Clark Nexsen Joins the MEP 2040 Challenge to Reduce Embodied and Operational Carbon from Building Systems

Clark Nexsen is among the first architecture/engineering firms to sign the MEP 2040 Challenge, making a formal commitment to achieve net zero carbon from building systems in our projects. Issued by the Carbon Leadership Forum, the challenge calls on systems engineers to advocate for and achieve net zero operational carbon by 2030 and net zero embodied carbon by 2040.

Buildings and structures currently contribute roughly 40 percent of greenhouse gas (GHG) emissions worldwide. While a focus on reducing operational carbon is not new, MEP engineers see a critical opportunity to reduce embodied carbon, which consists of all emissions associated with building construction including those that arise from extracting, transporting, manufacturing, and installing building materials on site.

“Our Integrated Design process is rooted in the idea that by working together across disciplines, we can deliver projects that significantly reduce environmental impacts,” says Brian Turner, mechanical department head at Clark Nexsen. “Joining MEP 2040 represents our alignment with prior architectural and structural team commitments to achieving net zero. We are proud to be part of this initiative.”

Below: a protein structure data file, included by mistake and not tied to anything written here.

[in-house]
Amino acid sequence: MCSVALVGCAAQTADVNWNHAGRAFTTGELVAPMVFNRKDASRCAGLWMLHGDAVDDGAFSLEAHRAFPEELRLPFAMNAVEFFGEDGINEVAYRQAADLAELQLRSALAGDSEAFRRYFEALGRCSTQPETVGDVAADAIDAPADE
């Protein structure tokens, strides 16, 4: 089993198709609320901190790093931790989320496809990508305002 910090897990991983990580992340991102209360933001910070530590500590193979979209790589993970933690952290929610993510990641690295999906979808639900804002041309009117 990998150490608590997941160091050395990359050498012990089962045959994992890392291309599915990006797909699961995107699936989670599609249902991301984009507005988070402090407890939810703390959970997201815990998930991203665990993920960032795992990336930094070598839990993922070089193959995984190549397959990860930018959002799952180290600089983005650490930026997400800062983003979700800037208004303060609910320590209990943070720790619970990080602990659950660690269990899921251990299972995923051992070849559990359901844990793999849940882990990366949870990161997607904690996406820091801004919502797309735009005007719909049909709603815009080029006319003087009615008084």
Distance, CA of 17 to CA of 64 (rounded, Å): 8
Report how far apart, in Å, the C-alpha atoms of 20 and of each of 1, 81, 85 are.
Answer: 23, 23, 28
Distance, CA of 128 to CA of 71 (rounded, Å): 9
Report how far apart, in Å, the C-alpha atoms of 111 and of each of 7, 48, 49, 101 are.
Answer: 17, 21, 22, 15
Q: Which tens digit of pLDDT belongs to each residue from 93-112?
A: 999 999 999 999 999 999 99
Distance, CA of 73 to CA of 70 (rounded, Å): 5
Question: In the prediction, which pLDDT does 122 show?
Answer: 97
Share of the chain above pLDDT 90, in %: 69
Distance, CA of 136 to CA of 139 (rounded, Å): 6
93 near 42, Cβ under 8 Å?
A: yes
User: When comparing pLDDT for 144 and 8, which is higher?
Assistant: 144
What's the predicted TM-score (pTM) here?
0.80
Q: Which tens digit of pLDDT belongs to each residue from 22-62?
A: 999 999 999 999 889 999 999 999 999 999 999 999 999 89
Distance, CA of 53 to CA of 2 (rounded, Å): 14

Committing to MEP 2040 includes establishing a company plan to reduce operational and embodied carbon across MEP systems on all projects, as well as measuring and reporting on our progress. Through quarterly forums and a CLF Community discussion group, we will share our lessons learned and expand our knowledge base through collaboration with other signatories.

The overall concept of MEP 2040 is modeled after the SE 2050 Challenge’s structure and goal to reduce and eliminate embodied carbon. Clark Nexsen joined the AIA 2030 Commitment in 2015, the 2030 Challenge for Embodied Carbon in 2020, and the SE 2050 Challenge in 2021.

See the full list of MEP 2040 Signatory Firms here.

Learn more about the Carbon Leadership Forum.